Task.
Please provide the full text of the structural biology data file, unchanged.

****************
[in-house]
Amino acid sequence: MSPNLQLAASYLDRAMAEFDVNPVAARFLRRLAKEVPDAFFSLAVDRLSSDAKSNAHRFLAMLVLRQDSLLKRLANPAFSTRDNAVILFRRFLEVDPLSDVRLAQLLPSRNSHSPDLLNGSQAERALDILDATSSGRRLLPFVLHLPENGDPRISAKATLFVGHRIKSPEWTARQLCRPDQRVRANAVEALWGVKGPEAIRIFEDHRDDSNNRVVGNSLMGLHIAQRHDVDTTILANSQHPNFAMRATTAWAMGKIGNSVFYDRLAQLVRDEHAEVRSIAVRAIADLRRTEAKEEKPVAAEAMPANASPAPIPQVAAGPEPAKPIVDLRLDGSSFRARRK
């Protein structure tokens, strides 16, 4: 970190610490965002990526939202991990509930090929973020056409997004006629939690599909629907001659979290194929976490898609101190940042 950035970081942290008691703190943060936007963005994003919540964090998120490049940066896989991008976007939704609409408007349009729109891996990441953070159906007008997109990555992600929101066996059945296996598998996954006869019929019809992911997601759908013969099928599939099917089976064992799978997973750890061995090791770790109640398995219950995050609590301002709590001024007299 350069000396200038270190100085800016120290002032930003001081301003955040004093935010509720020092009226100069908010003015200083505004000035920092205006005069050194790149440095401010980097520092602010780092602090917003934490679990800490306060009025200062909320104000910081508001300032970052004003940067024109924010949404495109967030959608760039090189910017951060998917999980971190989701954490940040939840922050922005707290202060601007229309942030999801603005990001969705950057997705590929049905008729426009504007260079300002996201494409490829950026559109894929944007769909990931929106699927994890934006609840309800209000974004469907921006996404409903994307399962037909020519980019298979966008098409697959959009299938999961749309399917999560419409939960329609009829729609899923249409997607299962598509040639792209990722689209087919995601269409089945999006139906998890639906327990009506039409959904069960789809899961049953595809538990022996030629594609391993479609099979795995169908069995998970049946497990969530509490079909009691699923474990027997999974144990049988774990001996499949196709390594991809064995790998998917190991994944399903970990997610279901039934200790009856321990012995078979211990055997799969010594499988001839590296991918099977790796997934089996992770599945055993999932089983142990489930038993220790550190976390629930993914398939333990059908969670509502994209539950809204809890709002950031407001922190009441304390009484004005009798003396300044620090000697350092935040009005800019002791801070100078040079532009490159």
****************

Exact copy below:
[in-house]
Amino acid sequence: MSPNLQLAASYLDRAMAEFDVNPVAARFLRRLAKEVPDAFFSLAVDRLSSDAKSNAHRFLAMLVLRQDSLLKRLANPAFSTRDNAVILFRRFLEVDPLSDVRLAQLLPSRNSHSPDLLNGSQAERALDILDATSSGRRLLPFVLHLPENGDPRISAKATLFVGHRIKSPEWTARQLCRPDQRVRANAVEALWGVKGPEAIRIFEDHRDDSNNRVVGNSLMGLHIAQRHDVDTTILANSQHPNFAMRATTAWAMGKIGNSVFYDRLAQLVRDEHAEVRSIAVRAIADLRRTEAKEEKPVAAEAMPANASPAPIPQVAAGPEPAKPIVDLRLDGSSFRARRK
């Protein structure tokens, strides 16, 4: 970190610490965002990526939202991990509930090929973020056409997004006629939690599909629907001659979290194929976490898609101190940042 950035970081942290008691703190943060936007963005994003919540964090998120490049940066896989991008976007939704609409408007349009729109891996990441953070159906007008997109990555992600929101066996059945296996598998996954006869019929019809992911997601759908013969099928599939099917089976064992799978997973750890061995090791770790109640398995219950995050609590301002709590001024007299 350069000396200038270190100085800016120290002032930003001081301003955040004093935010509720020092009226100069908010003015200083505004000035920092205006005069050194790149440095401010980097520092602010780092602090917003934490679990800490306060009025200062909320104000910081508001300032970052004003940067024109924010949404495109967030959608760039090189910017951060998917999980971190989701954490940040939840922050922005707290202060601007229309942030999801603005990001969705950057997705590929049905008729426009504007260079300002996201494409490829950026559109894929944007769909990931929106699927994890934006609840309800209000974004469907921006996404409903994307399962037909020519980019298979966008098409697959959009299938999961749309399917999560419409939960329609009829729609899923249409997607299962598509040639792209990722689209087919995601269409089945999006139906998890639906327990009506039409959904069960789809899961049953595809538990022996030629594609391993479609099979795995169908069995998970049946497990969530509490079909009691699923474990027997999974144990049988774990001996499949196709390594991809064995790998998917190991994944399903970990997610279901039934200790009856321990012995078979211990055997799969010594499988001839590296991918099977790796997934089996992770599945055993999932089983142990489930038993220790550190976390629930993914398939333990059908969670509502994209539950809204809890709002950031407001922190009441304390009484004005009798003396300044620090000697350092935040009005800019002791801070100078040079532009490159």